Malipalooza! fest to benefit Legacy Park

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Grace Slick of Jefferson Airplane was one of the musical artists who participated in the Monterey International Pop Music Festival, produced by Lou Adler in the '60s. Pictured is a piece painted by Slick that depicts some of the artists who performed at the 1967 festival.

Music producer Lou Adler and Grace Slick of Jefferson Airplane, both Malibu residents, will introduce “Monterey Pop,” a film about the ’60s music festival, at Malipalooza! on June 24 at Bluffs Park.

By Melonie Magruder / Special to The Malibu Times

The Summer of Love, 1967: The Beatles release “Sgt. Pepper’s Lonely Hearts Club Band” and Lou Adler, a Malibu resident, produces “the first real rock festival ever held,” the Monterey International Pop Music Festival, celebrated on the county fairgrounds in Monterey, Calif.

The festival was, as music writer Rusty De Soto said, “A seminal event… featuring debut performances of bands that would shape the history of rock and affect popular culture from that day forward.”

The line-up included famous acts like Jefferson Airplane, The Who and Ravi Shankar, alongside breakout performers like Jimi Hendrix, in his first major American appearance, Otis Redding and a young Texas singer recently found on the streets of Haight-Ashbury, Janis Joplin.

Monterey Pop would become the model for future music festivals-notably Woodstock-and, fortunately, was all captured on film by director D.A. Pennebaker. But more fortunately for Malibu, that 1968 film is headlining Malipalooza!, Malibu’s First Annual Summer Festival at Bluffs Park, on June 24, to benefit the Malibu Legacy Park Project, thanks to Adler.

The brainchild of Mayor Pro Tem Pamela Conley Ulich, Malipalooza! evolved from CineMalibu, a free movies-in-the-park night designed to “give our kids something to do on summer evenings and bring the community together,” Conley Ulich said.

But Malipalooza! promises to be a great deal more, with stage performances, children’s activities, a battle of the bands, including local groups Zuma and New Dogs, Old Tricks, and a special screening of the rock film, “Monterey Pop,” to be introduced by Adler and Jefferson Airplane front woman, Grace Slick.

Slick, a Malibu resident for 10 years, reminisced about the influential rock event: “What was great about Monterey Pop was that we had heard about each other, but had never seen each other,” she said. “We had never met the Brits, like The Who or Jimi [Hendrix] or Ravi [Shankar]. And it was so exciting for us!”

Jefferson Airplane had just released their LP “Surrealistic Pillow” and was poised to become the defining voice of psychedelic rock. But Slick said that what stayed with her was how “personal” the Monterey festival seemed.

“We would stand offstage and watch the other acts and our mouths would just hang open,” she continued. “We were just a San Francisco band wearing jeans and singing. We didn’t have dancing girls behind us. And here were the Brits-who knew all about ‘show time-wearing these wild clothes and Jimi lighting his guitar on fire and The Who smashing things up. I mean, people just couldn’t believe it!”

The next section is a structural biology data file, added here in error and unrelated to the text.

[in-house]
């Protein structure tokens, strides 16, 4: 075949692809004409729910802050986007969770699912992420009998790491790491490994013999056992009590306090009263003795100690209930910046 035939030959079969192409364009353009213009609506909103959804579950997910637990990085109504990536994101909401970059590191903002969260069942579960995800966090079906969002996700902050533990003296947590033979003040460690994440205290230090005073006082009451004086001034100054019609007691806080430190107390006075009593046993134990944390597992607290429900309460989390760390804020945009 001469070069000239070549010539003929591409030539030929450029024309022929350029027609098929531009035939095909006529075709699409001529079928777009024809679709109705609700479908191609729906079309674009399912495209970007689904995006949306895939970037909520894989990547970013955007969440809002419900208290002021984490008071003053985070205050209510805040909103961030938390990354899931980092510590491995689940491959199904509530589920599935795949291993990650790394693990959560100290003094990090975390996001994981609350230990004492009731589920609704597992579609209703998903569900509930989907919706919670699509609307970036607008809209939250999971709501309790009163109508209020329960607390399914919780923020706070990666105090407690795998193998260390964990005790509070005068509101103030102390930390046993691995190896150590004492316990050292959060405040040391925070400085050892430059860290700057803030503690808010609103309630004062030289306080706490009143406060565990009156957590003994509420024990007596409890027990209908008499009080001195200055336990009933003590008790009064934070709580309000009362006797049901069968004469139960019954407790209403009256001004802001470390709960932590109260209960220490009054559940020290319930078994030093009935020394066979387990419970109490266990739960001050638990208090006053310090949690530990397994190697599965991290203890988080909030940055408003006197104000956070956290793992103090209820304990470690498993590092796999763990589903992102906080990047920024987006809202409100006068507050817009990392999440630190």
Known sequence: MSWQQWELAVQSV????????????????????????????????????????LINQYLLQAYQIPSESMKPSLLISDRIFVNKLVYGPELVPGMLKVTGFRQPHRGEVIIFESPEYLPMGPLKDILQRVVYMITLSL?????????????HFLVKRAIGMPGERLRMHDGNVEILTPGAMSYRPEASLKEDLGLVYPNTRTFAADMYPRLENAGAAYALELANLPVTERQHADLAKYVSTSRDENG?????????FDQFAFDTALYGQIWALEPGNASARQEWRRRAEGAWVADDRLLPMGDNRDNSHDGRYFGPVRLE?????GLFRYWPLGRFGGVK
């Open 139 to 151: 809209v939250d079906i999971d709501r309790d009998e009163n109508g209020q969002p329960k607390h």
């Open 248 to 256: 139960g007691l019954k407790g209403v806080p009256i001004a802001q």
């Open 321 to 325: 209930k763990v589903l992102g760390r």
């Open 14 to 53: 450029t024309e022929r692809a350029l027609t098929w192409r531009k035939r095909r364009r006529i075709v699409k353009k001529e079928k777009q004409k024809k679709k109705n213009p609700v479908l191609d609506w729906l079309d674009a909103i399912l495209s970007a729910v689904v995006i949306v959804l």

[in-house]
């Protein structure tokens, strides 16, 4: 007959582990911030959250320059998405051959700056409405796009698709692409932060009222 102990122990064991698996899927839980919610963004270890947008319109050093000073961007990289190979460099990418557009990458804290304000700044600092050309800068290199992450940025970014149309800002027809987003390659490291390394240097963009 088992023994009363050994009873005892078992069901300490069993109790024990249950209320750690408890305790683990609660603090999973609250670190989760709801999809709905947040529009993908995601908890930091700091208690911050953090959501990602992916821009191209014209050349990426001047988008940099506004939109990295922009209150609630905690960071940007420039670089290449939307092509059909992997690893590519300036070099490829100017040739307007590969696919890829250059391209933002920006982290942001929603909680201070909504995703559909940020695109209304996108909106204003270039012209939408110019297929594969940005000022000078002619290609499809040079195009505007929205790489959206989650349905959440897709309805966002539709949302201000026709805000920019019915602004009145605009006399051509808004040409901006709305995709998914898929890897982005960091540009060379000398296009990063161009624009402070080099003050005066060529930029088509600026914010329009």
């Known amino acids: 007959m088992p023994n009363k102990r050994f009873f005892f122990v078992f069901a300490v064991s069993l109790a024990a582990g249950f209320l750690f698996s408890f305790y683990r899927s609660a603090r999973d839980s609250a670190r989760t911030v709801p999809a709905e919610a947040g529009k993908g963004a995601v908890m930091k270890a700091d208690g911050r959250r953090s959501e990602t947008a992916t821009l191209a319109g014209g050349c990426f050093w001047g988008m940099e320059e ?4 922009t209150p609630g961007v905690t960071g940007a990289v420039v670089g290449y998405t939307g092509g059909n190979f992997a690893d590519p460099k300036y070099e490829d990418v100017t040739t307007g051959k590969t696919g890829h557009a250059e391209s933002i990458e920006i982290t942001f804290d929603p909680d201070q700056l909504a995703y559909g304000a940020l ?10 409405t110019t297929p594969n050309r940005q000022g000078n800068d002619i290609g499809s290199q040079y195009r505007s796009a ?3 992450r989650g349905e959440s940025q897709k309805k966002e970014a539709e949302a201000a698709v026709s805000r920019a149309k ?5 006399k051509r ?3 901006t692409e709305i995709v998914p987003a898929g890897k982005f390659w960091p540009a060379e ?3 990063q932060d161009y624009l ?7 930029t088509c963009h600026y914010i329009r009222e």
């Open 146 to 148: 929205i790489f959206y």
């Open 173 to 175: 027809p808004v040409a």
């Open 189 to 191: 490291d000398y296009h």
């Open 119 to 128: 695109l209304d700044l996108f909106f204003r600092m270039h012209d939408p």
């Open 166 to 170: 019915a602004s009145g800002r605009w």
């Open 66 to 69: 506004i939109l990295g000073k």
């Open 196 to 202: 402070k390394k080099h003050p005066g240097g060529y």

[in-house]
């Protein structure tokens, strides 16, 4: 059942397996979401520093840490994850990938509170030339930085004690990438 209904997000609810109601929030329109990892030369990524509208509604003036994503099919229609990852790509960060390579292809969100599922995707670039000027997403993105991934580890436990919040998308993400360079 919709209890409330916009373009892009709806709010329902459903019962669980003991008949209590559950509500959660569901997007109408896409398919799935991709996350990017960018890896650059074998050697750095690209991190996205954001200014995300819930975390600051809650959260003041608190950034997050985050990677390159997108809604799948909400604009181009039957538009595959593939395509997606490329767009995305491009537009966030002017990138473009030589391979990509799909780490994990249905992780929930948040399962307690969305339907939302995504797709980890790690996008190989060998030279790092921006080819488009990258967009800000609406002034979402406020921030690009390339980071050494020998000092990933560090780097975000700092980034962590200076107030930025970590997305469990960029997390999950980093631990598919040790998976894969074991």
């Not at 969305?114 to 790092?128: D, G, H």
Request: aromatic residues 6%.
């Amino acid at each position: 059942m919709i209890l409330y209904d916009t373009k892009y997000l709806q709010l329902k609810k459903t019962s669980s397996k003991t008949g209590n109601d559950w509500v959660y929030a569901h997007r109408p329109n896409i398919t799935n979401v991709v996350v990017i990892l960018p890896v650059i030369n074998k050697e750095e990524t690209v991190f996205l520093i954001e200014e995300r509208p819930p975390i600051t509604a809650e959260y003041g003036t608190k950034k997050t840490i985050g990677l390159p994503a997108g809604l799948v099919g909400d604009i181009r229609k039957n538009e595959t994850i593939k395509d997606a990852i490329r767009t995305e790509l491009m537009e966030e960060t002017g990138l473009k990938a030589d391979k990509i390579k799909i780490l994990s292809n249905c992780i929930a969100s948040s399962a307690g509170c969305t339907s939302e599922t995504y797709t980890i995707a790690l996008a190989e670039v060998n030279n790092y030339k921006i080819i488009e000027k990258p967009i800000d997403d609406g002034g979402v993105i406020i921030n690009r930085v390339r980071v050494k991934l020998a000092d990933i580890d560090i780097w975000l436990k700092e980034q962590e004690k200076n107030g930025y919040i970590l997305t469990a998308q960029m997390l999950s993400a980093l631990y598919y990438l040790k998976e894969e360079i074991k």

Monterey Pop was markedly the first true multiperformer benefit concert, a concept that Bob Geldof carried to global extremes with his “Band Aid” concerts in the ’80s. But Slick said rock groups played benefits “all the time back then.” It was an era when America’s youth was beginning to expand a sense of conscious self, question authority and rebel against the tragedy in Vietnam.

“There was anger and disappointment and fear with our government back then,” Slick said. “And we were young and naïve, and thought we could change things with love and education and helping one another.”

Drugs were also a big part of that era.

“I went to the same college Tricia Nixon did in New York and we were all invited to a White House tea,” she said. “Even me! So I got my friend Abbie Hoffman into a suit and tied back his hair-he looked like a mafia don-and we stood in line for the White House. I had in my pocket 600 micrograms of acid and I was going to drop it into the President’s tea. He’d have been so loony, they would have had to take him to Langley.”

White House security recognized Slick, however, and declined to allow her entry. (The invite was sent in her family name, Grace Wing.)

Slick is a “nonpracticing addict” these days, “except for my cholesterol pills,” and has returned to a childhood passion of painting. One of her works commemorating the Monterey Pop Festival depicts some of the artists who appeared at that concert. It will be featured at Malipalooza!

Entry to Malipalooza! is free and parking is $5. Concessions will be plentiful and vendors selling local wares will be donating some of their proceedings to the Legacy Park Project. Tickets to a private reception run $250 and $500, which will entitle the donor to recognition on the park’s planned Honor Wall. The event will also give commendations to those who helped fight the proposed LNG terminal, recently nixed by Gov. Arnold Schwarzenegger.

“I see Malipalooza! as a ‘bookend,’ with this festival opening the summer and the Chili Cook-Off closing [it],” Conley Ulich said. “This is a chance for neighbor to relax with neighbor in a real, exciting community event. We have so much to celebrate!”

More information about Malipalooza! can be obtained by contacting Susan Shaw at 310.305.2033 or susan.shaw2@ca.rr.com